First off, I'm a sucker for Port, Rum, and Madeira finished whisk(e)ys. The Balvenie 21 PortWood, Balvenie 17 year Madeaie, Balvenie 14 year Caribbean, and Bushmills 21 year all made me curl up in my chair and smile : ) Adding this pleasing finish to a bourbon is genius.

The nose is immediately sweeter than most bourbons. It's somewhat similar to Woodford Reserve, if I remember correctly. The palate is extremely smooth, but the port influence doesn't detract from the bourbon profile at all. It surrounds it with a velvet blanket. Rye is at the forefront with the woody, earthy, and spicy flavors following. The port boosts the fruit profile quite nicely and provides this whiskey with a touch of elegance. Thank you Lincoln Henderson!


I had a bottle of this mailed to me by a good friend because it is currently not available in GA but is coming in 2013 I am told. What an idea to finish bourbon in port barrels...why didn't I think of that! What starts as most certainly a great bourbon is made all the better by resting in select port barrels. As another reviewer said it is tailor made for a good cigar after a great steak! Almost a dessert in itself, Angel's Envy, comes with just enough strong bourbon feel to keep the bourbon traditionalists respecting it.

Angel's Envy better get ready because I suspect there will be some more port finished bourbons coming in the next few years but I suspect none will better Lincoln Henderson's inaugural foray.


It’s about time I posted my notes on this one, as I’ve been meaning to for a long time. A bourbon. yes, but not any bourbon, but a very special one : finished in Port casks after being aged in fresh oak casks, as bourbons should.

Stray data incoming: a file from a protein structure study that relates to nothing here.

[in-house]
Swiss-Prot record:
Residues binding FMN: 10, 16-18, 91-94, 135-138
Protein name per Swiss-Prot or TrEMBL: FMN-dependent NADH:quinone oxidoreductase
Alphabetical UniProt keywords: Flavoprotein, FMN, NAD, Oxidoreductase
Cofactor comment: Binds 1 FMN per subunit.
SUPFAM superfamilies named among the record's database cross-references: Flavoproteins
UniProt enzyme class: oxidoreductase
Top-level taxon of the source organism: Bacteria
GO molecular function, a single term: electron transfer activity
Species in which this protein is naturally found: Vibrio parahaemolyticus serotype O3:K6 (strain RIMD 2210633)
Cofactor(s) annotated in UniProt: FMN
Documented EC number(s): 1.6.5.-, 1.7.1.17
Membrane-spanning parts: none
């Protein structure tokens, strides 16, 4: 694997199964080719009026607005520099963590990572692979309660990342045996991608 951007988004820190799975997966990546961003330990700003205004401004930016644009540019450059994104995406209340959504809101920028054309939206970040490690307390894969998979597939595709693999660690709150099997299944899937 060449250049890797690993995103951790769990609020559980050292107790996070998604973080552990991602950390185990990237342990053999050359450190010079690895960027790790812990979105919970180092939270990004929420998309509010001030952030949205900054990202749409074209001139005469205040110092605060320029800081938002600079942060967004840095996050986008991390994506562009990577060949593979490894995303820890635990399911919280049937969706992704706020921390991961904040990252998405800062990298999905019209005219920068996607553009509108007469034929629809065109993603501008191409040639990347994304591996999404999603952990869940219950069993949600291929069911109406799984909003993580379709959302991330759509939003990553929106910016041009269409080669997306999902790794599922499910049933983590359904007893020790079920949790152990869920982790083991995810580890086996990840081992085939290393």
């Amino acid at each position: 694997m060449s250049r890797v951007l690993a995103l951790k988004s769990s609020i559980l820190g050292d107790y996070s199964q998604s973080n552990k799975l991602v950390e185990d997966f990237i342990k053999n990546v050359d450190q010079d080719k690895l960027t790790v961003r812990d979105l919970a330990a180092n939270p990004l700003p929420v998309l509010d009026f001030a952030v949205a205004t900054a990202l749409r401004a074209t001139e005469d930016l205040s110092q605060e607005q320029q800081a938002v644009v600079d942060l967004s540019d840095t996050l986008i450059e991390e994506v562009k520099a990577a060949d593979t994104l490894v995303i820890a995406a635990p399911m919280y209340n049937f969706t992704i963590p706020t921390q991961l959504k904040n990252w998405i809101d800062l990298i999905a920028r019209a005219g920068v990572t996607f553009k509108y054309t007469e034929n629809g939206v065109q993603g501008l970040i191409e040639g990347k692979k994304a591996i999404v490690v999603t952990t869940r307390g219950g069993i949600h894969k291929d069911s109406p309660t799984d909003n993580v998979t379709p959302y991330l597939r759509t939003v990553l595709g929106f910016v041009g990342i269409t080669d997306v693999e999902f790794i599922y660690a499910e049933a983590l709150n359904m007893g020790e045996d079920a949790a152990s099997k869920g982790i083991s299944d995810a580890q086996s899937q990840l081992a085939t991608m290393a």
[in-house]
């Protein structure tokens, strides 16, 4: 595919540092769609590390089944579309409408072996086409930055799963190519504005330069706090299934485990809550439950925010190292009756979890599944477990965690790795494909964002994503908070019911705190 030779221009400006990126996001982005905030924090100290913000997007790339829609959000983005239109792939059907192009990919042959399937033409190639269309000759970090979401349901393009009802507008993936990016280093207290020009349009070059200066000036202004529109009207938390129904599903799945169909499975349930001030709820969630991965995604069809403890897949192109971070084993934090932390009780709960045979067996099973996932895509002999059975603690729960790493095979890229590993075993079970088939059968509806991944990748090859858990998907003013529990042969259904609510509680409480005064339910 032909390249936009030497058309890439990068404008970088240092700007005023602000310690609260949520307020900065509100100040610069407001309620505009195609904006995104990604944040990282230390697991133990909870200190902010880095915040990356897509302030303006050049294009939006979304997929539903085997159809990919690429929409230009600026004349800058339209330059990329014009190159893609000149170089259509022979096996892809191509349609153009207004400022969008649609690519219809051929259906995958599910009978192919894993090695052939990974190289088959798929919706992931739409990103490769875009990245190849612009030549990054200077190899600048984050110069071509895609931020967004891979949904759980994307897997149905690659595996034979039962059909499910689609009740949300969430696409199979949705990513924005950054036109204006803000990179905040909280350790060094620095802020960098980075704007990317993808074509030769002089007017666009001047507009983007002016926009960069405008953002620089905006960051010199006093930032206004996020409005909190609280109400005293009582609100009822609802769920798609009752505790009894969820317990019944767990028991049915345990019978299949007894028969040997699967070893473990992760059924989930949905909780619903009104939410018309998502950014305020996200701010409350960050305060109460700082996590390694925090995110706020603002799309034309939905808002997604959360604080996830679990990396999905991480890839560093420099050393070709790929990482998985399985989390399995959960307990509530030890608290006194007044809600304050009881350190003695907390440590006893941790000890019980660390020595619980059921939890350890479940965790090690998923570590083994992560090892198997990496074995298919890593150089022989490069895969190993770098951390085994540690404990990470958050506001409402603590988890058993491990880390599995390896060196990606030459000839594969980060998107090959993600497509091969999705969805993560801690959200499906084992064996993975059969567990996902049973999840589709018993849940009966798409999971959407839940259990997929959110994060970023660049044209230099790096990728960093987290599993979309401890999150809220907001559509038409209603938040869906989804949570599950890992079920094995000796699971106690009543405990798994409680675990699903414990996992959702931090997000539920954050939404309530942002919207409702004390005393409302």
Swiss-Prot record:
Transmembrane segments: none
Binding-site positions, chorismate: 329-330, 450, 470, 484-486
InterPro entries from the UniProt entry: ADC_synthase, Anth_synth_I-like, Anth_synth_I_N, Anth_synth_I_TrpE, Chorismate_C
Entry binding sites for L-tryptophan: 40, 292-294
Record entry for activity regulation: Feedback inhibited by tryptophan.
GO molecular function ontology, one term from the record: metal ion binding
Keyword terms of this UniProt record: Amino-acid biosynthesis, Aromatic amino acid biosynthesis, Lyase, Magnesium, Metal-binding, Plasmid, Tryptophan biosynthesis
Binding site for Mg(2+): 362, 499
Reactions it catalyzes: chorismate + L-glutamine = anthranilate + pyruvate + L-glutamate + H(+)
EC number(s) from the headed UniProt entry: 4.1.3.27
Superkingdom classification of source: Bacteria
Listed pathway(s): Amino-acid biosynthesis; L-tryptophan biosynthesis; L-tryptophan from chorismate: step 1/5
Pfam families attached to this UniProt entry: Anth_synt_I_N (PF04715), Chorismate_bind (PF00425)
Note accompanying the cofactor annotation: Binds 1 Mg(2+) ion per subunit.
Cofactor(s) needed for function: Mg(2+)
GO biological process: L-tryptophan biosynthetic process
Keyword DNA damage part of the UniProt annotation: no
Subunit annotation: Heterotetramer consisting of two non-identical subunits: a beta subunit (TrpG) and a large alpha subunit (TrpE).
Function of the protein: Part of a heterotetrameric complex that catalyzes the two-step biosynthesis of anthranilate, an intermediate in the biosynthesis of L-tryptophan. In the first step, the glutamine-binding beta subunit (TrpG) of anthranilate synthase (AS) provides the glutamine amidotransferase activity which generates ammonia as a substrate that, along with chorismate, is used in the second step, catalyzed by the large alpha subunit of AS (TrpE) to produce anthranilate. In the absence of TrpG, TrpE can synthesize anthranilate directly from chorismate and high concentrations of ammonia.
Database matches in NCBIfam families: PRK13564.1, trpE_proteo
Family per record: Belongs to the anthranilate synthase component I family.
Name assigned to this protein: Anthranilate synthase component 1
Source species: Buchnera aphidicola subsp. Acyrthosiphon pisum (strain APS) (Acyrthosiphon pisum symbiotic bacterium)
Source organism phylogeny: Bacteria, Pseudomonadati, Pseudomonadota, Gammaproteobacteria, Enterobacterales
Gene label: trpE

Basically this is one is born out of love and passion , Lincoln Henderson’s, love and passion. Mr. Henderson describes his masterwork as “a warm spirit, lacking any hint of edginess, with ephemeral hints of port wine and a rich amber hue.” He explains, “My goal with Angel’s Envy is to produce a bourbon of exceptional character. Even with economic fluctuations, consumers want the opportunity to treat themselves to special indulgences, and I have created an affordable luxury that can be savored.”

As for the name, we all know about “Angel’s Share”, that percentage of the liquid the angels take for themselves in exchange for maturing the liquid, which is about 5% percent per year. After tasting his creation, Lincoln Henderson reckoned that the angels might have wanted a bigger cut. Thus, Angel’s Envy was born. Actually finishing a bourbon is not something done everyday, and when discussing this with fellow whisky geeks, the questions arose, if a bourbon finished in Port can actually be called Bourbon. As it happens, it surely can. good to know.

Ok, I’ve written to much about it, and I am sure you would like to know how I liked this one, and what’s it like, so here goes…

Nose: Sweet. Very sweet. Coconut chips, vanilla , maple wood, wood varnish and honey liquor. Not forgetting spices mainly cinnamon and the odd note of Mushrooms and balsamic extract. This is interesting stuff! Palate: Big entry. Feels much stronger than it 43.3% ABV! Sweet juices, coconut , vanilla and quite some wood. Touches of sweet desert wine , wood bark, cinnamon and burnt sugar. Finish:Maple wood , vanilla and coconut chips.

A very rich, and rewarding dram, certainly great for sipping after a meal, or with desert. I’d say it would go very nicely with a good cigar as well. This is Great stuff, really enjoyable. Would love to try that one at Cask strength, 60 something percent, it should be wonderful. Good work guys! Currently it’s available only in the USA as for as I know, and we should really ask for this stuff to be imported as well!